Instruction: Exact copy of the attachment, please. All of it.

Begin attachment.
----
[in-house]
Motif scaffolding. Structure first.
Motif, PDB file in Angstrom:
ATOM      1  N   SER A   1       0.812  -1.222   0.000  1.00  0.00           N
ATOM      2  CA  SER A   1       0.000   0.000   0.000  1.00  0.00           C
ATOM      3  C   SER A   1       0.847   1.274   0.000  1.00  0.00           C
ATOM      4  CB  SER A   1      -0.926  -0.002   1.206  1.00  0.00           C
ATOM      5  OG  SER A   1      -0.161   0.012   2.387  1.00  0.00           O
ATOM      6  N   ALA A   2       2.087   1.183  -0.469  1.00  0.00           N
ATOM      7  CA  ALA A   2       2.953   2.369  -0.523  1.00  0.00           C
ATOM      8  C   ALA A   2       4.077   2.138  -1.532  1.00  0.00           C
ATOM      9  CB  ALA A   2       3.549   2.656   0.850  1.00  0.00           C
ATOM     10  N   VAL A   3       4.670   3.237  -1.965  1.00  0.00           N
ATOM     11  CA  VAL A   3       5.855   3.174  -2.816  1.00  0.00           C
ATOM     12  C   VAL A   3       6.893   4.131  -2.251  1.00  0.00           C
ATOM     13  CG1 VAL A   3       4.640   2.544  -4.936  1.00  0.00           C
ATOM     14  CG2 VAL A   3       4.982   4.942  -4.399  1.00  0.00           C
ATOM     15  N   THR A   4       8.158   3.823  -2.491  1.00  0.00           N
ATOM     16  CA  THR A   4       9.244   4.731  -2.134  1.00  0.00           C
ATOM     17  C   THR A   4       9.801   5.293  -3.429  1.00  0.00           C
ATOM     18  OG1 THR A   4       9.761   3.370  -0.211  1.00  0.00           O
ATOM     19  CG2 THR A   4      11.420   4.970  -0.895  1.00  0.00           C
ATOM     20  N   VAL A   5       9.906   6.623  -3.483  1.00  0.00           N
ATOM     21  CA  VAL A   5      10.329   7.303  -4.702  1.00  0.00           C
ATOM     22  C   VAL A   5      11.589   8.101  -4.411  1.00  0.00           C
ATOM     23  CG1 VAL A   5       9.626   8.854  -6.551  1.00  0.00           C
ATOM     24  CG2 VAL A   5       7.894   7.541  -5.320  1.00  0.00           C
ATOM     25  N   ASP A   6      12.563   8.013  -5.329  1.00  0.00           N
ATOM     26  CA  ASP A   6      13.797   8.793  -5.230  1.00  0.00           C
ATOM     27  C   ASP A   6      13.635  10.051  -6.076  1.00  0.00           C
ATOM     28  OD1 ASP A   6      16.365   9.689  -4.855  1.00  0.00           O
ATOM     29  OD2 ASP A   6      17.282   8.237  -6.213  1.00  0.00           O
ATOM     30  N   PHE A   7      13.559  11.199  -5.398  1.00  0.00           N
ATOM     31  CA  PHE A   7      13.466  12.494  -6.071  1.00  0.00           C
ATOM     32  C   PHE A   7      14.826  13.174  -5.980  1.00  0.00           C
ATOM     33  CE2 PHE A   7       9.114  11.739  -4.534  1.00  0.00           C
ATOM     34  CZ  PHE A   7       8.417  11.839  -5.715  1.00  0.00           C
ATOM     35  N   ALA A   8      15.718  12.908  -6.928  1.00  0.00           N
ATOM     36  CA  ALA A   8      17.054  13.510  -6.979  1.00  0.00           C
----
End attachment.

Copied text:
[in-house]
Motif scaffolding. Structure first.
Motif, PDB file in Angstrom:
ATOM      1  N   SER A   1       0.812  -1.222   0.000  1.00  0.00           N
ATOM      2  CA  SER A   1       0.000   0.000   0.000  1.00  0.00           C
ATOM      3  C   SER A   1       0.847   1.274   0.000  1.00  0.00           C
ATOM      4  CB  SER A   1      -0.926  -0.002   1.206  1.00  0.00           C
ATOM      5  OG  SER A   1      -0.161   0.012   2.387  1.00  0.00           O
ATOM      6  N   ALA A   2       2.087   1.183  -0.469  1.00  0.00           N
ATOM      7  CA  ALA A   2       2.953   2.369  -0.523  1.00  0.00           C
ATOM      8  C   ALA A   2       4.077   2.138  -1.532  1.00  0.00           C
ATOM      9  CB  ALA A   2       3.549   2.656   0.850  1.00  0.00           C
ATOM     10  N   VAL A   3       4.670   3.237  -1.965  1.00  0.00           N
ATOM     11  CA  VAL A   3       5.855   3.174  -2.816  1.00  0.00           C
ATOM     12  C   VAL A   3       6.893   4.131  -2.251  1.00  0.00           C
ATOM     13  CG1 VAL A   3       4.640   2.544  -4.936  1.00  0.00           C
ATOM     14  CG2 VAL A   3       4.982   4.942  -4.399  1.00  0.00           C
ATOM     15  N   THR A   4       8.158   3.823  -2.491  1.00  0.00           N
ATOM     16  CA  THR A   4       9.244   4.731  -2.134  1.00  0.00           C
ATOM     17  C   THR A   4       9.801   5.293  -3.429  1.00  0.00           C
ATOM     18  OG1 THR A   4       9.761   3.370  -0.211  1.00  0.00           O
ATOM     19  CG2 THR A   4      11.420   4.970  -0.895  1.00  0.00           C
ATOM     20  N   VAL A   5       9.906   6.623  -3.483  1.00  0.00           N
ATOM     21  CA  VAL A   5      10.329   7.303  -4.702  1.00  0.00           C
ATOM     22  C   VAL A   5      11.589   8.101  -4.411  1.00  0.00           C
ATOM     23  CG1 VAL A   5       9.626   8.854  -6.551  1.00  0.00           C
ATOM     24  CG2 VAL A   5       7.894   7.541  -5.320  1.00  0.00           C
ATOM     25  N   ASP A   6      12.563   8.013  -5.329  1.00  0.00           N
ATOM     26  CA  ASP A   6      13.797   8.793  -5.230  1.00  0.00           C
ATOM     27  C   ASP A   6      13.635  10.051  -6.076  1.00  0.00           C
ATOM     28  OD1 ASP A   6      16.365   9.689  -4.855  1.00  0.00           O
ATOM     29  OD2 ASP A   6      17.282   8.237  -6.213  1.00  0.00           O
ATOM     30  N   PHE A   7      13.559  11.199  -5.398  1.00  0.00           N
ATOM     31  CA  PHE A   7      13.466  12.494  -6.071  1.00  0.00           C
ATOM     32  C   PHE A   7      14.826  13.174  -5.980  1.00  0.00           C
ATOM     33  CE2 PHE A   7       9.114  11.739  -4.534  1.00  0.00           C
ATOM     34  CZ  PHE A   7       8.417  11.839  -5.715  1.00  0.00           C
ATOM     35  N   ALA A   8      15.718  12.908  -6.928  1.00  0.00           N
ATOM     36  CA  ALA A   8      17.054  13.510  -6.979  1.00  0.00           C